Do you have a favorite piece or feature in your studio?

The sink and the farm table. They both come with a restoration story, which is a top priority for me and my husband.

The sink came with the 1918 house but was covered in paint and tucked away in the basement. After waiting two years to find a home in which we can see ourselves build our lives, we toured this home. The bones were tempting, but the kitchen was very small and it kind of dampened my hopes. Crestfallen, we went downstairs to the underground basement and I saw the sink! It was the turning point.

I left my kitchen reservations and made an offer on the house. Seven years later, this blessed sink has finally taken center stage and emerged from the basement into the studio’s highest focal point, and we still run our tiny kitchen. I would say it was worth it.

The table was part of the client’s family property and he didn’t pay much attention to it. After the project, they generously gave it to me, seeing that I was fainting because of it and they didn’t care much. We strapped it to the pickup truck, sanded it, and oiled it. It has become the lifeblood of the studio ever since.

I am happy to report that I currently know more neighbors with a wide range of variety, thanks to my endless need to mow, prune, and enjoy the foliage and flowers around us.

3 simple tips for creating floral arrangements

Get to know your basics

Hands are the most important tools for all of us. However, I have a special extension in my right hand, and this is called a pair of bypass scissors. I absolutely feel the most dexterity with this in my hand, perhaps more than using a pen, cell phone, or chef’s knife. Of course, there are many levels of quality within this category of scissors, but as long as they are sharp and sturdy, I’m happy. They planted it all around me…in the car, on the deck, in my studio, in my toolbox. I always needed those shears.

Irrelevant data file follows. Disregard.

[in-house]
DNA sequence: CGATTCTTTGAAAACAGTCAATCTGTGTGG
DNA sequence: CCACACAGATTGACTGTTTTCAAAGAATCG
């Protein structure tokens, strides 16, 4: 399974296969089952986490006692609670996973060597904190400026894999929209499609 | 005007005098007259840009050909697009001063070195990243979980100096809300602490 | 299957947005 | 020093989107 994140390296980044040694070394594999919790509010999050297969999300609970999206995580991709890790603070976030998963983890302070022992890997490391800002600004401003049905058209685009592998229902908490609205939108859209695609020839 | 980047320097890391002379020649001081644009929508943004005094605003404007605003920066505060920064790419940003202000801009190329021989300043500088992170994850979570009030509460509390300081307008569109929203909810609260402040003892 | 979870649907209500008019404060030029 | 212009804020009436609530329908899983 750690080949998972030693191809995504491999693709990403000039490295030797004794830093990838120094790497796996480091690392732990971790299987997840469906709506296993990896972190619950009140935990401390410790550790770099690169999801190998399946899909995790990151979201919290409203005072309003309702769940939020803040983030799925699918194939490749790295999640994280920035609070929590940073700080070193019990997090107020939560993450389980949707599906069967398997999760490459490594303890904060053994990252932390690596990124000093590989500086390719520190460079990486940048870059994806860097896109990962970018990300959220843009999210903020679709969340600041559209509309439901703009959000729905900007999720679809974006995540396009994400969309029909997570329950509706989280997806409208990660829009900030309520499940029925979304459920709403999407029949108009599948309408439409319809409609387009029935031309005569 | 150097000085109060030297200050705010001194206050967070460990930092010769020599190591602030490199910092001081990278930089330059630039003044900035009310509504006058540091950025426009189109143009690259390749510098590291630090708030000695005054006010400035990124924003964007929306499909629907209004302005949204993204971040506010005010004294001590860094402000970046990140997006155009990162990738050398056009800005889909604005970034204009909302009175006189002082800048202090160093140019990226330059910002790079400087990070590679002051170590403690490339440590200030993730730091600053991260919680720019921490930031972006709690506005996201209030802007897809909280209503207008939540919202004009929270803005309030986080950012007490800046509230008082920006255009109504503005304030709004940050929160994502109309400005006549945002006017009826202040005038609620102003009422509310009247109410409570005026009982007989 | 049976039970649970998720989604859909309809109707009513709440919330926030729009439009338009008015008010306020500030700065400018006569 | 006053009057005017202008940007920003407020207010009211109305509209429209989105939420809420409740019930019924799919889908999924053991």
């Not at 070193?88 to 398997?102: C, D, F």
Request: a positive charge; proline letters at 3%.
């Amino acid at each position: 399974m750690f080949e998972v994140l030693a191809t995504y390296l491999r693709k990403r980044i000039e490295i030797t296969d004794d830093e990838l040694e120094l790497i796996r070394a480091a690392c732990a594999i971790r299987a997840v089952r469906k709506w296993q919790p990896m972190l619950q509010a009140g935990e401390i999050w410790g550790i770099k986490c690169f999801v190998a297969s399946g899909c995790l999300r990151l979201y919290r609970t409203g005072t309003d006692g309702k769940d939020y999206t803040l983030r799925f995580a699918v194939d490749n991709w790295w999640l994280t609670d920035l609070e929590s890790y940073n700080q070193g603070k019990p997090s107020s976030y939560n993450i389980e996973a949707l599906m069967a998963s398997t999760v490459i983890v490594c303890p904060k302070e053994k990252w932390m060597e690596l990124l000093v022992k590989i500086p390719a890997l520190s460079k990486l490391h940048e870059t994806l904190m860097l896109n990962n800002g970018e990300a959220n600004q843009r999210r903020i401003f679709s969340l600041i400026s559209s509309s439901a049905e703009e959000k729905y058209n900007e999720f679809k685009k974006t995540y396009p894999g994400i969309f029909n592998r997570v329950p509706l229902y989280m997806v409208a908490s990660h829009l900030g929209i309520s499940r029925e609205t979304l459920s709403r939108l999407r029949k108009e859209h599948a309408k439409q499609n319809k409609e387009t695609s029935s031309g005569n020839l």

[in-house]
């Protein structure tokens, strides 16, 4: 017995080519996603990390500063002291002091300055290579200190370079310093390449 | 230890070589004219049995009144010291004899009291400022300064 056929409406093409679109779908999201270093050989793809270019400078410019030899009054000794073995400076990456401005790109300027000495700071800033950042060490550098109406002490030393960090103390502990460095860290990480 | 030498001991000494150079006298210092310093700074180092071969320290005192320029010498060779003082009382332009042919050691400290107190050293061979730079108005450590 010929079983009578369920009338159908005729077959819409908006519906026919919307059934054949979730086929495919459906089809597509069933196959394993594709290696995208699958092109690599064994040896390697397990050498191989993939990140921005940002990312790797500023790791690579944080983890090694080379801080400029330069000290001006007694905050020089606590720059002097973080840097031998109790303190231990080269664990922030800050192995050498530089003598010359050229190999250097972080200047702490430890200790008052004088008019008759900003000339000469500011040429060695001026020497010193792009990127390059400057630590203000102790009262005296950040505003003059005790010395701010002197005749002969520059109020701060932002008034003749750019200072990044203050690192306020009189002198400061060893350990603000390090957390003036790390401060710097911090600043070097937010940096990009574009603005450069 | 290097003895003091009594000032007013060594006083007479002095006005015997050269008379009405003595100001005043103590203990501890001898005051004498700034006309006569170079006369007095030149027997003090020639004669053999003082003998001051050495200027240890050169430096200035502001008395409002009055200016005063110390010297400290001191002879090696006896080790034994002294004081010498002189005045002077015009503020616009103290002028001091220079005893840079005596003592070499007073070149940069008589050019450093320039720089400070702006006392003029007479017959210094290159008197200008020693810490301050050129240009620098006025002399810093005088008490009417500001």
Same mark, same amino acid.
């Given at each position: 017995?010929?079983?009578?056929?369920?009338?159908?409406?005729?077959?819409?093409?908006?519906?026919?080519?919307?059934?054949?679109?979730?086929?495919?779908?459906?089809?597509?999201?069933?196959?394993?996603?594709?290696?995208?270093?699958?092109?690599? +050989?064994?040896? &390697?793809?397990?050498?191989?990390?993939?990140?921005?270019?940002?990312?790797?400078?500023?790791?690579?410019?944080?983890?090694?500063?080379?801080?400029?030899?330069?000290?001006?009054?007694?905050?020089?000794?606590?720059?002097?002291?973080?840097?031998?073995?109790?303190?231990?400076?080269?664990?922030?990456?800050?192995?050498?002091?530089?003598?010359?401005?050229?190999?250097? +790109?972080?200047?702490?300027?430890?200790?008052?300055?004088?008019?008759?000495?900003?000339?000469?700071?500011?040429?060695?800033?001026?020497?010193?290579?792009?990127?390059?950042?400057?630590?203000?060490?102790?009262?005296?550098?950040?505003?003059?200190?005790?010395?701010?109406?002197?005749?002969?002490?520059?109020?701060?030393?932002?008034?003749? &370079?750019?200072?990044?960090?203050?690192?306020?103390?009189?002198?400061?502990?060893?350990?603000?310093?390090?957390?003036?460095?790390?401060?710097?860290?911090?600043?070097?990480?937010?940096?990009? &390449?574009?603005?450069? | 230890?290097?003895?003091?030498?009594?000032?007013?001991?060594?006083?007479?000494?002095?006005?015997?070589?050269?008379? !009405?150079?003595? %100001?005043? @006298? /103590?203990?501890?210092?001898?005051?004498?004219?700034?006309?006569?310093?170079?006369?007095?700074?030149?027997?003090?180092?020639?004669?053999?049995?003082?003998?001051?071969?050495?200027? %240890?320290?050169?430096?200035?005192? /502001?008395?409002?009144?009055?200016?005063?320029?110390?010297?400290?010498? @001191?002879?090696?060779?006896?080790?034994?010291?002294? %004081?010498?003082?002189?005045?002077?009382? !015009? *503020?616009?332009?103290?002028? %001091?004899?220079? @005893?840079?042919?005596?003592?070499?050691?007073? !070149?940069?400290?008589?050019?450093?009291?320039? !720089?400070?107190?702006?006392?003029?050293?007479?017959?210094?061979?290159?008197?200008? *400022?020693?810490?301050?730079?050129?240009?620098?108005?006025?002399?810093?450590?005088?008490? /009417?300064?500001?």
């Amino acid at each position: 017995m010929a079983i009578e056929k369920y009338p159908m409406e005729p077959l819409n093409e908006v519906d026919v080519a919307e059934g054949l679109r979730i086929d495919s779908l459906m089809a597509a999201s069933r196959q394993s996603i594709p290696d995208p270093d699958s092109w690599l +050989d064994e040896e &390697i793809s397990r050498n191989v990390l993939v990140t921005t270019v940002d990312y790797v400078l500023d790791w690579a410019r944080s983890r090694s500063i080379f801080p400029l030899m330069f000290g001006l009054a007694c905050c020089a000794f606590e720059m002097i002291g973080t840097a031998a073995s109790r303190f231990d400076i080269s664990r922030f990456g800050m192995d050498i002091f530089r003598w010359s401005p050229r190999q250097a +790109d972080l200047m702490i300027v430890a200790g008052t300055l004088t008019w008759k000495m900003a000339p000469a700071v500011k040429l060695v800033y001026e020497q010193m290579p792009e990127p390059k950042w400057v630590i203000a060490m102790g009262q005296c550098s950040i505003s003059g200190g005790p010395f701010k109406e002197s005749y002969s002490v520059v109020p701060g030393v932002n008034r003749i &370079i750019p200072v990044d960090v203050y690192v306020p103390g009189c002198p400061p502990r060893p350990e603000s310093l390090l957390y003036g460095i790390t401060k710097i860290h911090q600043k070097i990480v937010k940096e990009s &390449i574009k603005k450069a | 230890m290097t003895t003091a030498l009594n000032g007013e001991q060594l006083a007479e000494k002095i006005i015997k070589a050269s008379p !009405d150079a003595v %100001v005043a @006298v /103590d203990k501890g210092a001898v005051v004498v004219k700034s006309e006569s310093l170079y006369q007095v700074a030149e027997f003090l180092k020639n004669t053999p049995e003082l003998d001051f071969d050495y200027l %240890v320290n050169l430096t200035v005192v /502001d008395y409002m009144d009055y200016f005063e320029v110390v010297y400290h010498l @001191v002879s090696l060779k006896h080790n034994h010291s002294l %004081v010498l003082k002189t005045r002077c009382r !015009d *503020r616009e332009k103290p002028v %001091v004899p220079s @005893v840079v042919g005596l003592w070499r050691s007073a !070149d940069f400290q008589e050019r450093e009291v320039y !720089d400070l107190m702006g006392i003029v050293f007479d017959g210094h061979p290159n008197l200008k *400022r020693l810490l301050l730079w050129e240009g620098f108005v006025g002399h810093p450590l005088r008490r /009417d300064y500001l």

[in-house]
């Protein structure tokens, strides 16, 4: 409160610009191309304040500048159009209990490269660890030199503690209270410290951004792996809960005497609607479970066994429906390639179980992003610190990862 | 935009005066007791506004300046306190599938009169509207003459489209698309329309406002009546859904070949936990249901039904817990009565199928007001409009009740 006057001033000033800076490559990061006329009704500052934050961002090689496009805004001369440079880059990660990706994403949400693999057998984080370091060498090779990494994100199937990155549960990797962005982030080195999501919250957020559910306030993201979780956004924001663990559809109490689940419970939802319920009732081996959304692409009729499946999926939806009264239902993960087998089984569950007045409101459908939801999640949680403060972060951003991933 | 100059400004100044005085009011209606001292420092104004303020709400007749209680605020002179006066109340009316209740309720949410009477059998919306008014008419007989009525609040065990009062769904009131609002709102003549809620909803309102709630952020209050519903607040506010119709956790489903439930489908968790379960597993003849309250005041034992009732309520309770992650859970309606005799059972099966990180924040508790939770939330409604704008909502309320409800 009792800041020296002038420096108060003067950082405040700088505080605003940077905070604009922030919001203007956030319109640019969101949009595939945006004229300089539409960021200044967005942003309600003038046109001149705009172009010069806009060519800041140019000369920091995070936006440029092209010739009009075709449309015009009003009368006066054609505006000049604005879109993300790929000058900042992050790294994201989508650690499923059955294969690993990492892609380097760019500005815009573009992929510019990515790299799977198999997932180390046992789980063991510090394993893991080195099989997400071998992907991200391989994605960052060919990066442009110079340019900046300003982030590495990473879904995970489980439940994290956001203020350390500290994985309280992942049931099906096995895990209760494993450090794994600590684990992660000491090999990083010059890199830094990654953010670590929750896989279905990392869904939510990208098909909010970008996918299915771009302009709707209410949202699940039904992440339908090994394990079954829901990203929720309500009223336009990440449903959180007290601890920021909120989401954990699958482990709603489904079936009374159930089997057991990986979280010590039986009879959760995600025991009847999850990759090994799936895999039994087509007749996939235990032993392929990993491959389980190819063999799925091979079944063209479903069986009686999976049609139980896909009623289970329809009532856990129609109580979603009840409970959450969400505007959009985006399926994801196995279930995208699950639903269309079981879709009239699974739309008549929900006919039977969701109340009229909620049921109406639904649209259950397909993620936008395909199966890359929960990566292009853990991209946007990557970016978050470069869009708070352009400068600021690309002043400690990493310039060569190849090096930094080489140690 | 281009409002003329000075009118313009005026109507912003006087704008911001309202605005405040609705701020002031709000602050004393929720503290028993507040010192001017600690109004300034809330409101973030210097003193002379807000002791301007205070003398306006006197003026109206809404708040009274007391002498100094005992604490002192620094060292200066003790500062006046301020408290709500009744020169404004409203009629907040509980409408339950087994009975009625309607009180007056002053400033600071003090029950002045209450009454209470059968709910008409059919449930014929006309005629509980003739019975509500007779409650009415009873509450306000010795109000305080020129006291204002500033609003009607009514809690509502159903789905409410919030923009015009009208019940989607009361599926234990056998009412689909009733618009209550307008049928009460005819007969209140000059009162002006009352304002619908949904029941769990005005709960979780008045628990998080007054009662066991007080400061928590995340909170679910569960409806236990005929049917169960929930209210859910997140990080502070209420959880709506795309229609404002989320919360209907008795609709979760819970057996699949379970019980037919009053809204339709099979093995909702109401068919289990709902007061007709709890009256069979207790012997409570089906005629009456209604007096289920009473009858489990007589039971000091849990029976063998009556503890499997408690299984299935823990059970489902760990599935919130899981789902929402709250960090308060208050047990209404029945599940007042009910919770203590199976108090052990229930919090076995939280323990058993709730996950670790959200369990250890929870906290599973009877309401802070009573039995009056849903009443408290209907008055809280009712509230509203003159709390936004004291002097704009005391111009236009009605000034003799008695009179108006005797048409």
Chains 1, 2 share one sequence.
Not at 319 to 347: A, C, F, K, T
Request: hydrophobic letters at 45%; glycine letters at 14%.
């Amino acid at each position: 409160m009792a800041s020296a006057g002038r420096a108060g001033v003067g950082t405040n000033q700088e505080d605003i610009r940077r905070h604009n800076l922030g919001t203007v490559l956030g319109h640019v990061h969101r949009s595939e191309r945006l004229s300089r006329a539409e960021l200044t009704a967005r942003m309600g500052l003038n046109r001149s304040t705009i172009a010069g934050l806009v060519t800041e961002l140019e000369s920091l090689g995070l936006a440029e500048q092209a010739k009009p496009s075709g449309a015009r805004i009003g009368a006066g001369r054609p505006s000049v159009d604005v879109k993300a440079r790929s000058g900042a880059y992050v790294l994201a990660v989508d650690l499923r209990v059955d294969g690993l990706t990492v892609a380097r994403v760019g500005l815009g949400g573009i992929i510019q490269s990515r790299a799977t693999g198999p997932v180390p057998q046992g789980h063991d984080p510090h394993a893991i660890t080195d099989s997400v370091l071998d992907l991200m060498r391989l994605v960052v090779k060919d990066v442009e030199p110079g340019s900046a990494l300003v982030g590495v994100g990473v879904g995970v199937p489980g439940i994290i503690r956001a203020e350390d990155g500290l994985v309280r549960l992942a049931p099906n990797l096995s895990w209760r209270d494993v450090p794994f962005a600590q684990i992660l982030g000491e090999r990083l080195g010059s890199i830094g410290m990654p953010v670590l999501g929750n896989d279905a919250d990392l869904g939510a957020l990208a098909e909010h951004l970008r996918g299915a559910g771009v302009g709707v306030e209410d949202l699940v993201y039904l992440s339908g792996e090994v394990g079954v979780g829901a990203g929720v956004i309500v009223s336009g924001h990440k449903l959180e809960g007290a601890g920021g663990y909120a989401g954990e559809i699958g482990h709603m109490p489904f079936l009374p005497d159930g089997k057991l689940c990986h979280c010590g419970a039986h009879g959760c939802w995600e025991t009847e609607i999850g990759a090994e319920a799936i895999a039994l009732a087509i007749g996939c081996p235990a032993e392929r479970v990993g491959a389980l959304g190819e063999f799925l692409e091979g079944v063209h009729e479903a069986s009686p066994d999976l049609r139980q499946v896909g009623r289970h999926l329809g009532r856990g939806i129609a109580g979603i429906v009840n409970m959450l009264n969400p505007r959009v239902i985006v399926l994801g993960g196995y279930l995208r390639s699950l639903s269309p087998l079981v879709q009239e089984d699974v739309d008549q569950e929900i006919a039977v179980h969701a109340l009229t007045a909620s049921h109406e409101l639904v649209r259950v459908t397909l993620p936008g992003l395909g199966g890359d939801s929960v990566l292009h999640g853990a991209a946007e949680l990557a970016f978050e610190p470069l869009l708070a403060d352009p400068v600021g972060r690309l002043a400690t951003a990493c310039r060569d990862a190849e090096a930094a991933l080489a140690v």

good source

Support all farmers! I can’t say enough about the dear people who have dedicated their lives to cultivating beauty for us. If you can grow your own flowers, do so. If you can’t, go support the small farms and the farmers who do all the work, in all seasons, to pitch to us. I’m in the Northwest, and we are blessed with many wonderful growers, who go out of their way to show us, take into account our colors and the nuances we tend to, and occasionally grow new varieties with specific designers.

Practice sustainability (there is a surprising benefit!)

As far as plants go, it is important to know how and when to prune in order to establish a symbiotic relationship with the plants. If one knows how to cut and prune, the plant is encouraged to grow and thrive, and it becomes a win-win situation. I’m not a professional gardener, but the basic instruction on this is to cut (using the above-mentioned bypass shears, not scissors) at an angle, just above the knot. This will encourage more growth in the plant and, of course, provide you with the cut flower or branch needed for home arrangements.

As far as relationships go, I’m a strong proponent of meeting your neighbors. If a neighbor has something growing in her yard and she likes it, I knock on the door and introduce myself. Compliments to the garden are never undesirable, and even better to offer to buy pieces of it. However, I usually end up with a new girlfriend, flowers that I love, and a batch of warm cookies in her hands as no neighbor has yet wanted any cash. Thus begins a new relationship that would not have happened otherwise. I am happy to report that I currently know more neighbors with a wide range of variety, thanks to my endless need to mow, prune, and enjoy the foliage and flowers around us.


Open cabinet paint: Benjamin Moore Edgecomb Gray
Built-in Cabinets Paint: Benjamin Moore Street Chic
Faucet: Chicago Faucets
Hardware: Smeg
District numerator: Woven Abode and Jean Palmer Home
Lighting on the big table: the first dip
Candelabra: Ramzi Konder
Pendant on a Small Round Table: Jayson Home
Plasterwork on the wall: Julian Johnson
Concrete Countertops: Concrete Project
Lower shelves: Regular company space.